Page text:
Pregnancy-Related Problems -

Pregnancy-Related Problems

Pregnancy-Related Problems

Most women are healthy during pregnancy and do not have serious health concerns. You may have minor physical symptoms throughout your pregnancy that are considered normal pregnancy changes. It is important for you to be aware of symptoms that may mean you have a more serious problem. Talk with your doctor about any concerns you have during your pregnancy so that your health problems can be checked quickly.

Many minor problems of pregnancy can be managed at home. Home treatment measures are usually all that is needed to relieve mild morning sickness or discomfort from heartburn or constipation. There are also home treatment measures for sleep problems, hip pain, hemorrhoids, or fatigue. If you develop a problem and your doctor has given you specific instructions to follow during your pregnancy, be sure to follow those instructions.

If you have a family history of diabetes, you may develop a type of diabetes that only occurs during pregnancy (gestational diabetes). Gestational diabetes is treated by watching what you eat, exercising, checking blood sugar levels, and possibly taking oral medicines or insulin shots to keep blood sugar levels within a safe range. Women with gestational diabetes are likely to have babies that weigh more than normal. If the mother's blood sugar is not controlled, this could cause serious problems for the baby before and during delivery.

You may also have other common problems, like a cold or the flu, while you are pregnant that are not caused by your pregnancy. You can use home treatment measures for these illnesses as well, but make sure to talk to your doctor if your symptoms become more serious, such as coughing up blood or not being able to drink enough fluids (dehydrated).

While most problems that occur during pregnancy are minor, you may develop more serious symptoms that you need to talk to your doctor about. Your symptoms may be related to:

Miscarriage. Symptoms may include:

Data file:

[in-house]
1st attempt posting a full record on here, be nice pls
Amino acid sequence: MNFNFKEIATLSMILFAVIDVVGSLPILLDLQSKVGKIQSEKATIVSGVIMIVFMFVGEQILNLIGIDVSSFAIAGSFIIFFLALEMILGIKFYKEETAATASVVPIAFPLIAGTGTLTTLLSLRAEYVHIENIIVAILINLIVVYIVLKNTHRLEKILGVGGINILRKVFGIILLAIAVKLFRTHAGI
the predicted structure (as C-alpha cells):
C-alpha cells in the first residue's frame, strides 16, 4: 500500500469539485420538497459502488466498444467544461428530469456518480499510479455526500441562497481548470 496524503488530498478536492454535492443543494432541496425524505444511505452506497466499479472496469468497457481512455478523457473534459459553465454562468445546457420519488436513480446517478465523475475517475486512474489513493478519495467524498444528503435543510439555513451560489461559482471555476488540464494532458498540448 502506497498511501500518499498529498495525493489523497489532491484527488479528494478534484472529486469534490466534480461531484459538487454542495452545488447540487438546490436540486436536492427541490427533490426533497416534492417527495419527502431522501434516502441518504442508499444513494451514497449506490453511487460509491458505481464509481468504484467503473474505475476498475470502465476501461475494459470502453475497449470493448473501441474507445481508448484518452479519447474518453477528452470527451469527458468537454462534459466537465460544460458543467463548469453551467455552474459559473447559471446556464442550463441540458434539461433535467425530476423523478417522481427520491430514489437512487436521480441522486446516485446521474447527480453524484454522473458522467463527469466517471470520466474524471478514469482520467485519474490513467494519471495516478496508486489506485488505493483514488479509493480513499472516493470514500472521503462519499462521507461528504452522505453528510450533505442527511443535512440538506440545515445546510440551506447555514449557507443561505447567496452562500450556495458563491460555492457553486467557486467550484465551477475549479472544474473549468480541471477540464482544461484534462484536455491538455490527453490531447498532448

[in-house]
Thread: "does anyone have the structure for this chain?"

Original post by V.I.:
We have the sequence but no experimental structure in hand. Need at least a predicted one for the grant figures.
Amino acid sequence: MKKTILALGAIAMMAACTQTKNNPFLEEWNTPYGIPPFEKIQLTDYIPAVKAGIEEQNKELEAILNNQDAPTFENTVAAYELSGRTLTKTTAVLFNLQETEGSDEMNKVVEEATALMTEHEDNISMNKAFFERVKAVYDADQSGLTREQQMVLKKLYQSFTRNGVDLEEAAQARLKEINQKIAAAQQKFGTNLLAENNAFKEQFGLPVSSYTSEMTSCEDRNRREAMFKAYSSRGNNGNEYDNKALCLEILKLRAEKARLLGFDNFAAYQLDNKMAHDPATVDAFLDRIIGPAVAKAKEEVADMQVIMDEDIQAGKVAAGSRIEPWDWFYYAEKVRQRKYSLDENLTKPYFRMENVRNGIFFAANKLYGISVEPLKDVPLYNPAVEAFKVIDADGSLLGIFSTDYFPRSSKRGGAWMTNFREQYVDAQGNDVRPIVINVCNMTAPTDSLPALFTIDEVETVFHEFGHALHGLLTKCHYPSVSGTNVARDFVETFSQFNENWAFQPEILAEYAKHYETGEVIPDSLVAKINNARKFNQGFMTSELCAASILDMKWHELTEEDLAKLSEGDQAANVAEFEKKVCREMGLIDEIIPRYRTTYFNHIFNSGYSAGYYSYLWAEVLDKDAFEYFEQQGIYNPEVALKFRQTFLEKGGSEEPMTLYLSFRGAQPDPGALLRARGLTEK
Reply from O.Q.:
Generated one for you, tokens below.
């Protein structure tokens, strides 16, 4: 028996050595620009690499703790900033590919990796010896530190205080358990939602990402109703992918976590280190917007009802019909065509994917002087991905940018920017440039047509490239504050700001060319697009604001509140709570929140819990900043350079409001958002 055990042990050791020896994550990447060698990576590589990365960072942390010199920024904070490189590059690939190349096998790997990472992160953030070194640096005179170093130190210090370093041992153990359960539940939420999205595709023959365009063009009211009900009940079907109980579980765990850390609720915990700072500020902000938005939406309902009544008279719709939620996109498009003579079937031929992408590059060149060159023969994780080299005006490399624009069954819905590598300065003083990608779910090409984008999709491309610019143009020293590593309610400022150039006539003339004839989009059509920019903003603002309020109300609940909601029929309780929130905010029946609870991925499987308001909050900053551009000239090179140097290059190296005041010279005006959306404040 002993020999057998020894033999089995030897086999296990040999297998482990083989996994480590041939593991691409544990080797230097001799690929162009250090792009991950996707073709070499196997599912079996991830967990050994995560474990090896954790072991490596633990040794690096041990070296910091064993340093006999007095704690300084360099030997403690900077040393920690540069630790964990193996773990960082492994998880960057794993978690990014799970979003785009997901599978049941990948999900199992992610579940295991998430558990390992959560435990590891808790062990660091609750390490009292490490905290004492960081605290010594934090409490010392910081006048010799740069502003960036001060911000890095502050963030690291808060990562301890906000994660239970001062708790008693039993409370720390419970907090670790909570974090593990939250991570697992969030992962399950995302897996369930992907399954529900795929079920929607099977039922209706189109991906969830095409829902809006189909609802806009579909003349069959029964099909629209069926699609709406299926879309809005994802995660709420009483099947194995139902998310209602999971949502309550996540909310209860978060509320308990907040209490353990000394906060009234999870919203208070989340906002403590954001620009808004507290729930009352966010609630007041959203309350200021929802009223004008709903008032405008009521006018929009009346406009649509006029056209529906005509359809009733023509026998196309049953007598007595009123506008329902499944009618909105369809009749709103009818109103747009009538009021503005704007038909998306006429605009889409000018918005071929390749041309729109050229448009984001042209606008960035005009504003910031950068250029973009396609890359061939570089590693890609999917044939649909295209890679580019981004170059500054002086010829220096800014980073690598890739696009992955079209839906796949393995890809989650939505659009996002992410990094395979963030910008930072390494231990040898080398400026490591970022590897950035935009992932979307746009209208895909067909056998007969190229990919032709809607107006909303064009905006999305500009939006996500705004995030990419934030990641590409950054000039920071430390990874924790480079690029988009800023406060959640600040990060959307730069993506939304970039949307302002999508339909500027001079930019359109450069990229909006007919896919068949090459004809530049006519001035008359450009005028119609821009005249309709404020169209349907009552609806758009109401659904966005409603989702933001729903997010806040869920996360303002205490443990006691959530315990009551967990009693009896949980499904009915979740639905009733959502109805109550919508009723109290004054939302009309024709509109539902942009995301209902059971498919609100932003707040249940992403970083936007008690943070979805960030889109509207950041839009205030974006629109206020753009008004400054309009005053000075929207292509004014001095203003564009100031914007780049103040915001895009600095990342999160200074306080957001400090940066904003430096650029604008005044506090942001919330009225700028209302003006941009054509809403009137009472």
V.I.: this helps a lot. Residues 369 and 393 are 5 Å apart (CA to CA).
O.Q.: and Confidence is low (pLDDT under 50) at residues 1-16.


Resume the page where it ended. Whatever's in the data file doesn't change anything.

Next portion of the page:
• Vaginal bleeding.
  • Tissue that passes through the vagina.
  • Premature birth. Symptoms may include:
  • Abnormal vaginal discharge or fluid leaking from your vagina.
  • Belly, pelvic, or back (flank) pain. This pain may come and go regularly.
  • Preterm labor, which happens when contractions begin before the 37th week of pregnancy.

Infection. Symptoms may include:

  • Fever.
  • Nausea and vomiting or diarrhea.
  • Urinary problems, such as a urinary tract infection or not being able to urinate.
  • Open skin sores or blisters and itching.

Changes in your blood pressure that may mean you have preeclampsia. This problem may cause:

  • Abnormal swelling, especially in your face, hands, or feet.
  • A new or different headache.
  • Vision problems.
  • Pain in the upper right belly.
  • Nausea and vomiting.

Depression. If you are tearful, sad, anxious, or have big mood swings, talk to your doctor. If you are depressed during your pregnancy, you may have a hard time bonding with your baby after delivery. Depression can be treated so that you and your baby will be able to bond.

During the days and weeks after delivery (postpartum period), you can expect that your body will change as it returns to its nonpregnant condition. As with pregnancy changes, postpartum changes are different for every woman. Some problems, such as high blood pressure, hemorrhoids, or diabetes, may continue after delivery. You may need to follow up with your doctor about this problem after delivery.

Review the Emergencies and Check Your Symptoms sections to determine if and when you need to see a doctor.